With multiple levels of difficulty, different characters to choose from (each with a special ability of their own), many optional island formats and game variations available, Forbidden Island has huge replay value. The game can be played by as few as two players and up to four (though it can accommodate five). More players translate into a faster and more difficult game, though the extra help can make all the difference. This is a fun game, tricky for players of almost any age. Selling for under twenty dollars, oddly, Forbidden Island is a rare game of both quality and affordable price.

Click the Link to Check it out on Amazon

Klingon Boggle


Season 2 Episode 07 – The Panty Piñata Polarization

Klingon Boggle Description

This is a combination of two different items the Game Big Boggle and a Klingon Dictionary.

Big Boggle is a timed word game where players attempt to find as many connected words as possible from the face up letters resting in a 25 cube grid. When the timer runs out, players compare their list of words and remove any shared words. Points are then awarded for remaining words, depending on how many letters are in the word.

Big Boggle is similar to the standard Boggle, but with the following changes:

  • uses a 5×5 grid instead of 4×4
  • the minimum word size is 4 letters instead of 3

Click the Link to Check it out on Amazon

Giant Jenga


Season 6, Episode 12 “The Egg Salad Equivalency

Giant Jenga Description

Giant Jenga is an Extra Large Version of the game Jenga a board game that is played with 54 wooden blocks; each block is 3 times as long as it is wide and slightly smaller in height than in width.

The blocks are stacked in a tower formation; each story is three blocks placed adjacent to each other along their long side, and each story is placed perpendicular to the previous (so, for example, if the blocks in the first story are pointing north-south, the second story blocks will point east-west). There are therefore 18 stories to the Jenga tower. Since stacking the blocks neatly can be tedious, a plastic loading tray is included.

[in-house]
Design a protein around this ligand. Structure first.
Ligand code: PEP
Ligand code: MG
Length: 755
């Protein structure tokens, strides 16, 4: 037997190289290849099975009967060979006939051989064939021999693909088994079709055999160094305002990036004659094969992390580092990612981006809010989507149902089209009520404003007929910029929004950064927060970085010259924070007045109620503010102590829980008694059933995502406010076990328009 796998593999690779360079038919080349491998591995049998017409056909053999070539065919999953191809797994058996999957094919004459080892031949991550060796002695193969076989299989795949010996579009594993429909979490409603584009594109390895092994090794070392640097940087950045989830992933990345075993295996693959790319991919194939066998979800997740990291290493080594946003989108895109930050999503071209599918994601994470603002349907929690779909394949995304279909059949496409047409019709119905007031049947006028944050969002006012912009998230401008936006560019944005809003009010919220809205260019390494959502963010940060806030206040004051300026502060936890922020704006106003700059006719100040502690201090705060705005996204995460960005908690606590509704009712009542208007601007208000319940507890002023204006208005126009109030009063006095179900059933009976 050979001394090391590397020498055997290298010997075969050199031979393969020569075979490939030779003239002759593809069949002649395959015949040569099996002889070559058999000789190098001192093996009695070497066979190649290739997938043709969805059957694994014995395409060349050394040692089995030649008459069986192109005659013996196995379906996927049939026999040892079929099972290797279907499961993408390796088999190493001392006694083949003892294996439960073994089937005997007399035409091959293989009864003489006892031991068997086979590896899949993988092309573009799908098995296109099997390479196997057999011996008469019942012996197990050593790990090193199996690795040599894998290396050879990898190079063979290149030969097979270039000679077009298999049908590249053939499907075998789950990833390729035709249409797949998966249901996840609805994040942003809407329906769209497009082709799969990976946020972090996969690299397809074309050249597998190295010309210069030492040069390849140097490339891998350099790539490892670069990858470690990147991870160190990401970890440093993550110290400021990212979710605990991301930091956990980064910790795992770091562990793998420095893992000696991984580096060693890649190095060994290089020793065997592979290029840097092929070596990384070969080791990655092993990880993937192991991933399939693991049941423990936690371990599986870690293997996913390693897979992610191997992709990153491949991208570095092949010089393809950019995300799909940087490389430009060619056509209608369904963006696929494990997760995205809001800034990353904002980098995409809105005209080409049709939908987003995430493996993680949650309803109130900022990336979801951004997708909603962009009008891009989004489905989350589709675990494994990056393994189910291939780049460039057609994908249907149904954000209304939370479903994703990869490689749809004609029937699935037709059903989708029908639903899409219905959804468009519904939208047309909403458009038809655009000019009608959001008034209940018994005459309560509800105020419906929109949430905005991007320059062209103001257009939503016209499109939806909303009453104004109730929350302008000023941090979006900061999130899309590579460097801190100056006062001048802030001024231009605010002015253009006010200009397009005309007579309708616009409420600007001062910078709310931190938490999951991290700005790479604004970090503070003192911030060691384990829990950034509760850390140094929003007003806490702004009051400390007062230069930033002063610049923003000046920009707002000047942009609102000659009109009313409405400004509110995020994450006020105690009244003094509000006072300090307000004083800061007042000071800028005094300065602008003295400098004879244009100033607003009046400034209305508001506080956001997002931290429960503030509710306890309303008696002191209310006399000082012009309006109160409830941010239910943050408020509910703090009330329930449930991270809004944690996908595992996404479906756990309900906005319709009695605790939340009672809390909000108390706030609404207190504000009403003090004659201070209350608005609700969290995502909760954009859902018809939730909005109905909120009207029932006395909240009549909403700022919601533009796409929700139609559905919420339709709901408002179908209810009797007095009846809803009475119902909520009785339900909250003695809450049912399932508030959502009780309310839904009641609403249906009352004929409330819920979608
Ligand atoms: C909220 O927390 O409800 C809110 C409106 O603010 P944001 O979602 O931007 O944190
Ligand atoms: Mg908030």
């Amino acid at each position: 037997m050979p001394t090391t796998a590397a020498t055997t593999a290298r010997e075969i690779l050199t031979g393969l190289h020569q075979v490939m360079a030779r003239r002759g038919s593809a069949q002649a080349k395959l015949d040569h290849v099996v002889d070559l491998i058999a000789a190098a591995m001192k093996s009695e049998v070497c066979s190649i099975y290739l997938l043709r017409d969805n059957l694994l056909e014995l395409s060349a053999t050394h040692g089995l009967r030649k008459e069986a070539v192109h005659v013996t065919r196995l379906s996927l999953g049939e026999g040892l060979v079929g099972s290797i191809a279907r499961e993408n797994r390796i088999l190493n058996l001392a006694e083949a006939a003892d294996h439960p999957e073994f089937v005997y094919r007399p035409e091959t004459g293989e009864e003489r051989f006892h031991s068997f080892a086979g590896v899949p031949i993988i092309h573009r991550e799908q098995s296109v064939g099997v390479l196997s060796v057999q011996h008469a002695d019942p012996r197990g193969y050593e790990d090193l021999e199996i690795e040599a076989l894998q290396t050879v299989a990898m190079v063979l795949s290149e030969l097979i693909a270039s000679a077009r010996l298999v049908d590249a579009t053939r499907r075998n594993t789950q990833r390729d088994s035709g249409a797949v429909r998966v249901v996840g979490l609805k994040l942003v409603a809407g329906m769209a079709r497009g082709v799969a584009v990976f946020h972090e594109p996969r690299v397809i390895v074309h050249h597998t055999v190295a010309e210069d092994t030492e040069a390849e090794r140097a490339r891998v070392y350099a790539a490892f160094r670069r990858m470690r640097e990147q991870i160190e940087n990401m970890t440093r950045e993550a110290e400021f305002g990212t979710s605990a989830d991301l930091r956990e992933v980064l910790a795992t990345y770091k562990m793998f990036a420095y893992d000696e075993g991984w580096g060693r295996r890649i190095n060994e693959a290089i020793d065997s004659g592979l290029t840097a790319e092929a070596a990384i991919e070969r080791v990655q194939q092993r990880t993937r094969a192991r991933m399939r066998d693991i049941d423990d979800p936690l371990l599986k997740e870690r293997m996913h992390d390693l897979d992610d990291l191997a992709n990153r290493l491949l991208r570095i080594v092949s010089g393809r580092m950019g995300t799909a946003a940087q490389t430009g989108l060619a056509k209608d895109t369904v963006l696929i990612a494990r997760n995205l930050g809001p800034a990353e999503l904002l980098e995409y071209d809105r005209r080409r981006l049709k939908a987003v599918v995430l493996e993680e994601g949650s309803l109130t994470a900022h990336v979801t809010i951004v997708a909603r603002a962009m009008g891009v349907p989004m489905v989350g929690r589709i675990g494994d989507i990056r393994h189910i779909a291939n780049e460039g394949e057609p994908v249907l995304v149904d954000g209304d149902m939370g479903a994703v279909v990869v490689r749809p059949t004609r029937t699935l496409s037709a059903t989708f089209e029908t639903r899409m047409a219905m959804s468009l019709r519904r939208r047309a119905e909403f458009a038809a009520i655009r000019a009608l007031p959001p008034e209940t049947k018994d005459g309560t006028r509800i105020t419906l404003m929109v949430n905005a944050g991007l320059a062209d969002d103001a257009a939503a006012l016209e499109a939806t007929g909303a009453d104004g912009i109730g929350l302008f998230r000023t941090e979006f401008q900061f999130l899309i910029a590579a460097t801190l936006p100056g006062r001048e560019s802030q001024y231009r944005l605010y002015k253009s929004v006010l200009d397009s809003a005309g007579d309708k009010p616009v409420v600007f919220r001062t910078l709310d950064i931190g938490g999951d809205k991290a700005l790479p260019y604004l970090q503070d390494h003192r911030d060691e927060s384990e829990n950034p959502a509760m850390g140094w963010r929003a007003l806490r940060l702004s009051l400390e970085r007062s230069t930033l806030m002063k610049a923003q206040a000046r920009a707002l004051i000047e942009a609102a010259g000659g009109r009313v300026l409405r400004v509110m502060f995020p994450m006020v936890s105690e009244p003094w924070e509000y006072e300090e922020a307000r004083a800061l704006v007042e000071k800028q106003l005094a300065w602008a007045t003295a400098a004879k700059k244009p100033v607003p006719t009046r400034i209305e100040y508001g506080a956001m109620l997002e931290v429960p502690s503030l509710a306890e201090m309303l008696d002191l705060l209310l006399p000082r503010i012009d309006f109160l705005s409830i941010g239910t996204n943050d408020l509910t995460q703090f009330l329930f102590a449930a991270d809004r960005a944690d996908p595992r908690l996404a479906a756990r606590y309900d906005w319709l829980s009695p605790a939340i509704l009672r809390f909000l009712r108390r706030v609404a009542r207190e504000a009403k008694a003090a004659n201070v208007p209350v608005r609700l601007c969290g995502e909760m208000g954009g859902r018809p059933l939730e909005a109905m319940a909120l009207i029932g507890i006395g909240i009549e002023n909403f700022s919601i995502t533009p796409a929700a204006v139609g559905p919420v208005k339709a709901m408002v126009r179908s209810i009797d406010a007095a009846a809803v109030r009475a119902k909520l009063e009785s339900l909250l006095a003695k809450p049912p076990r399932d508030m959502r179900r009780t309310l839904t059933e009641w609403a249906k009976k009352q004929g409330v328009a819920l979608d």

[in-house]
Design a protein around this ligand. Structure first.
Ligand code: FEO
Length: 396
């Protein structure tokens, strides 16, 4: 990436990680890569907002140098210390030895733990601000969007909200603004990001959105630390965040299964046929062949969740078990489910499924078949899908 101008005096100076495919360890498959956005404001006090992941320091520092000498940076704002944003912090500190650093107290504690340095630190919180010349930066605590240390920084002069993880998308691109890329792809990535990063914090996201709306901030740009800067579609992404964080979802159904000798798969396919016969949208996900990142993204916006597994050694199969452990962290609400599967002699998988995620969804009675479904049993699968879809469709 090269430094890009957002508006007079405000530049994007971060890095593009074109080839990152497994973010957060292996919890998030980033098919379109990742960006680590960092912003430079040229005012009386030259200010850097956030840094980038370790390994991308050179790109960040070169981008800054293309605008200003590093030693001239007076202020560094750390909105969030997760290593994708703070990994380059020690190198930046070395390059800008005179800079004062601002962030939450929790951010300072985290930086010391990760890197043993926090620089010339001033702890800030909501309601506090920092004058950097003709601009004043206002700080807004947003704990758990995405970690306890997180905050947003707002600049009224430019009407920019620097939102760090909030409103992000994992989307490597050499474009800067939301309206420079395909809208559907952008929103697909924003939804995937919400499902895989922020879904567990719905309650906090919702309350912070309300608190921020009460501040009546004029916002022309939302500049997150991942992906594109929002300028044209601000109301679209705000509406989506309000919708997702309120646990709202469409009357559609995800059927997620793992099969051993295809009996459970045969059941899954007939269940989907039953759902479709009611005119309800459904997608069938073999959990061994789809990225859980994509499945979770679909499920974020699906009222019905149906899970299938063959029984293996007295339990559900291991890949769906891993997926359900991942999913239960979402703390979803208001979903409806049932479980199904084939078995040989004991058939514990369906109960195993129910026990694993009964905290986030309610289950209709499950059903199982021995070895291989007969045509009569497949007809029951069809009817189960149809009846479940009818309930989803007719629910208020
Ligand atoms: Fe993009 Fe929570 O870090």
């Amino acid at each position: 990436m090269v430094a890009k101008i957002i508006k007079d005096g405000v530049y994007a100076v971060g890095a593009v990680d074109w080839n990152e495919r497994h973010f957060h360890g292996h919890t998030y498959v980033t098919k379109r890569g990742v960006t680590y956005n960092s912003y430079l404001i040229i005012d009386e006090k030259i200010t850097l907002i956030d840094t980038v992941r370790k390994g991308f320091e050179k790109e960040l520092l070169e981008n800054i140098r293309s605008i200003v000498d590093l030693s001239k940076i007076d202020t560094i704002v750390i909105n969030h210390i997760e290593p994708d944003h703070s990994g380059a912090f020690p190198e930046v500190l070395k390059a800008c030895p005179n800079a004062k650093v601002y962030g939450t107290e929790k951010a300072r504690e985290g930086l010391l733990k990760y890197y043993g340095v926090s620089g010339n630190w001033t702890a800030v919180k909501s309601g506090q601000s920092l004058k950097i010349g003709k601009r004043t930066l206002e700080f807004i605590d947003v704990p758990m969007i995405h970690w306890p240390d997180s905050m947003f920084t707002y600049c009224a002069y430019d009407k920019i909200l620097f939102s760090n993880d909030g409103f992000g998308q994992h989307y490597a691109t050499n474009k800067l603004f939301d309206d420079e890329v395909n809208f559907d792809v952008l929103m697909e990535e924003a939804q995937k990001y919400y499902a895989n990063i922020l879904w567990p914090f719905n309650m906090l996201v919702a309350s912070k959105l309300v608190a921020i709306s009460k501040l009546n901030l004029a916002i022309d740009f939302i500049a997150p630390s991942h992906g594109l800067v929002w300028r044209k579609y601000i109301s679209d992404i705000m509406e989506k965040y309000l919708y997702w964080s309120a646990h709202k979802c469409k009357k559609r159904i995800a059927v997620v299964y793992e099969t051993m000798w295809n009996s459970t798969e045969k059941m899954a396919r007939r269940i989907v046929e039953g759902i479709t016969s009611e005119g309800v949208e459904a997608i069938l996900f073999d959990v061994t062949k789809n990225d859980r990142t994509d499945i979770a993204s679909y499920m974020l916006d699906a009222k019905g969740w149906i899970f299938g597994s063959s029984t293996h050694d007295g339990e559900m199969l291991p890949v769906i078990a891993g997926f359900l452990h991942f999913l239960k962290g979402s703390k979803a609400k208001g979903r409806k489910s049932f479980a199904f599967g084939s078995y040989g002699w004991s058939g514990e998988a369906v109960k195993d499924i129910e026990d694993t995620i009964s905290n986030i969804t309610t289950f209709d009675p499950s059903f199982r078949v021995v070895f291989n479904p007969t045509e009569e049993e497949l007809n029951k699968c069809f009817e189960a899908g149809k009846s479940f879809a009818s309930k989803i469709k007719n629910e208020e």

Once the tower is built, the person who built the tower moves first. Moving in Jenga consists of taking one and only one block from any storey except the completed top story of the tower at the time of the turn, and placing it on the topmost story in order to complete it. Only one hand at a time may be used to remove a block; both hands can be used, but only one hand may be on the tower at a time. Blocks may be bumped to find a loose block that will not disturb the rest of the tower.

Any block that is moved out of place may be left out of place if it is determined that it will knock the tower over if it is removed. The turn ends when the next person to move touches the tower, although he or she can wait 10 seconds before moving for the previous turn to end if they believe the tower will fall in that time.

The game ends when the tower falls in any significant way — in other words, any piece falls from the tower, other than the piece being knocked out to move to the top. The loser is the person who made the tower fall (i.e. whose turn it was when the tower fell); the winner is the person who moved before the loser.

Click the Link to Check it out on Amazon



 Season 5 Episode 11 – The Speckerman Recurrence

Catan Description

In Catan (formerly The Settlers of Catan), players try to be the dominant force on the island of Catan by building settlements, cities, and roads. On each turn dice are rolled to determine what resources the island produces. Players collect these resources (cards)—wood, grain, brick, sheep, or stone—to build up their civilizations to get to 10 victory points and win the game.